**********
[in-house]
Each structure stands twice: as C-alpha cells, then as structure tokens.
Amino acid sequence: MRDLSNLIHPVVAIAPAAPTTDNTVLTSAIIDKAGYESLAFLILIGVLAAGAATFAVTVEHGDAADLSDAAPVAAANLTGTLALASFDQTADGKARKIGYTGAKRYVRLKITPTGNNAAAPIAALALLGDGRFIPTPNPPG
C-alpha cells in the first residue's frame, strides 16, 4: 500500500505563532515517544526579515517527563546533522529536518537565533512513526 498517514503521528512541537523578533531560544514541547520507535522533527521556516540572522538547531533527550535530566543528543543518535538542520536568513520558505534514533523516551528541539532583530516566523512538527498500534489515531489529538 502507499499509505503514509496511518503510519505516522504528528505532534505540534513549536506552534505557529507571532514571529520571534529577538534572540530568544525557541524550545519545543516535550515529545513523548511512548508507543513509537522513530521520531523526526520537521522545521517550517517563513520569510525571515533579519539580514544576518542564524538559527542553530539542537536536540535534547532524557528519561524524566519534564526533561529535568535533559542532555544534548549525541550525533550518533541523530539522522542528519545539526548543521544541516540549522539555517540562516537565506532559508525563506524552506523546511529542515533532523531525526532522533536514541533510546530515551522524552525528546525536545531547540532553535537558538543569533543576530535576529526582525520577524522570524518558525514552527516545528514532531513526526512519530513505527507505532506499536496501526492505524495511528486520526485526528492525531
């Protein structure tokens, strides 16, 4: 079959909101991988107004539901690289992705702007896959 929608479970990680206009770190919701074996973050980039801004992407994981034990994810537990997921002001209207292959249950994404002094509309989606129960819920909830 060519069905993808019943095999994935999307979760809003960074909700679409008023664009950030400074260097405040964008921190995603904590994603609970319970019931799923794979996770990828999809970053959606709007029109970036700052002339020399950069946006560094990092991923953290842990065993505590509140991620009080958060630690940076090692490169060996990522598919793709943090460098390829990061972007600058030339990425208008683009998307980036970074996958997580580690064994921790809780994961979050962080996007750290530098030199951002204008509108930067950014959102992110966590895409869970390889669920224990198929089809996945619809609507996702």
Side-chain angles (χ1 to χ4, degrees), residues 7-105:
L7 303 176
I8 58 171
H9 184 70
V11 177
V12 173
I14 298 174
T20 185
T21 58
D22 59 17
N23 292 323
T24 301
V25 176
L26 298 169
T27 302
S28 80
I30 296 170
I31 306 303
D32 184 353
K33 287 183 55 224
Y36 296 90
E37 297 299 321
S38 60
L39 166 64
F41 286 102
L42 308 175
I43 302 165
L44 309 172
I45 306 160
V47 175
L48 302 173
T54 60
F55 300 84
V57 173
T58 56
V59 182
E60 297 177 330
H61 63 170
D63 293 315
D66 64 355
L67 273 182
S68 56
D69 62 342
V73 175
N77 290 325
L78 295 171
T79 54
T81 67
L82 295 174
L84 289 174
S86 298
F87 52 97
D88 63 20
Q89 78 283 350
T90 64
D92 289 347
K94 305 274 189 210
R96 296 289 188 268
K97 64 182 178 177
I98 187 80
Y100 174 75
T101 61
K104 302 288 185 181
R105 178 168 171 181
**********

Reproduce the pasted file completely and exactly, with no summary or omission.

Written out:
[in-house]
Each structure stands twice: as C-alpha cells, then as structure tokens.
Amino acid sequence: MRDLSNLIHPVVAIAPAAPTTDNTVLTSAIIDKAGYESLAFLILIGVLAAGAATFAVTVEHGDAADLSDAAPVAAANLTGTLALASFDQTADGKARKIGYTGAKRYVRLKITPTGNNAAAPIAALALLGDGRFIPTPNPPG
C-alpha cells in the first residue's frame, strides 16, 4: 500500500505563532515517544526579515517527563546533522529536518537565533512513526 498517514503521528512541537523578533531560544514541547520507535522533527521556516540572522538547531533527550535530566543528543543518535538542520536568513520558505534514533523516551528541539532583530516566523512538527498500534489515531489529538 502507499499509505503514509496511518503510519505516522504528528505532534505540534513549536506552534505557529507571532514571529520571534529577538534572540530568544525557541524550545519545543516535550515529545513523548511512548508507543513509537522513530521520531523526526520537521522545521517550517517563513520569510525571515533579519539580514544576518542564524538559527542553530539542537536536540535534547532524557528519561524524566519534564526533561529535568535533559542532555544534548549525541550525533550518533541523530539522522542528519545539526548543521544541516540549522539555517540562516537565506532559508525563506524552506523546511529542515533532523531525526532522533536514541533510546530515551522524552525528546525536545531547540532553535537558538543569533543576530535576529526582525520577524522570524518558525514552527516545528514532531513526526512519530513505527507505532506499536496501526492505524495511528486520526485526528492525531
């Protein structure tokens, strides 16, 4: 079959909101991988107004539901690289992705702007896959 929608479970990680206009770190919701074996973050980039801004992407994981034990994810537990997921002001209207292959249950994404002094509309989606129960819920909830 060519069905993808019943095999994935999307979760809003960074909700679409008023664009950030400074260097405040964008921190995603904590994603609970319970019931799923794979996770990828999809970053959606709007029109970036700052002339020399950069946006560094990092991923953290842990065993505590509140991620009080958060630690940076090692490169060996990522598919793709943090460098390829990061972007600058030339990425208008683009998307980036970074996958997580580690064994921790809780994961979050962080996007750290530098030199951002204008509108930067950014959102992110966590895409869970390889669920224990198929089809996945619809609507996702």
Side-chain angles (χ1 to χ4, degrees), residues 7-105:
L7 303 176
I8 58 171
H9 184 70
V11 177
V12 173
I14 298 174
T20 185
T21 58
D22 59 17
N23 292 323
T24 301
V25 176
L26 298 169
T27 302
S28 80
I30 296 170
I31 306 303
D32 184 353
K33 287 183 55 224
Y36 296 90
E37 297 299 321
S38 60
L39 166 64
F41 286 102
L42 308 175
I43 302 165
L44 309 172
I45 306 160
V47 175
L48 302 173
T54 60
F55 300 84
V57 173
T58 56
V59 182
E60 297 177 330
H61 63 170
D63 293 315
D66 64 355
L67 273 182
S68 56
D69 62 342
V73 175
N77 290 325
L78 295 171
T79 54
T81 67
L82 295 174
L84 289 174
S86 298
F87 52 97
D88 63 20
Q89 78 283 350
T90 64
D92 289 347
K94 305 274 189 210
R96 296 289 188 268
K97 64 182 178 177
I98 187 80
Y100 174 75
T101 61
K104 302 288 185 181
R105 178 168 171 181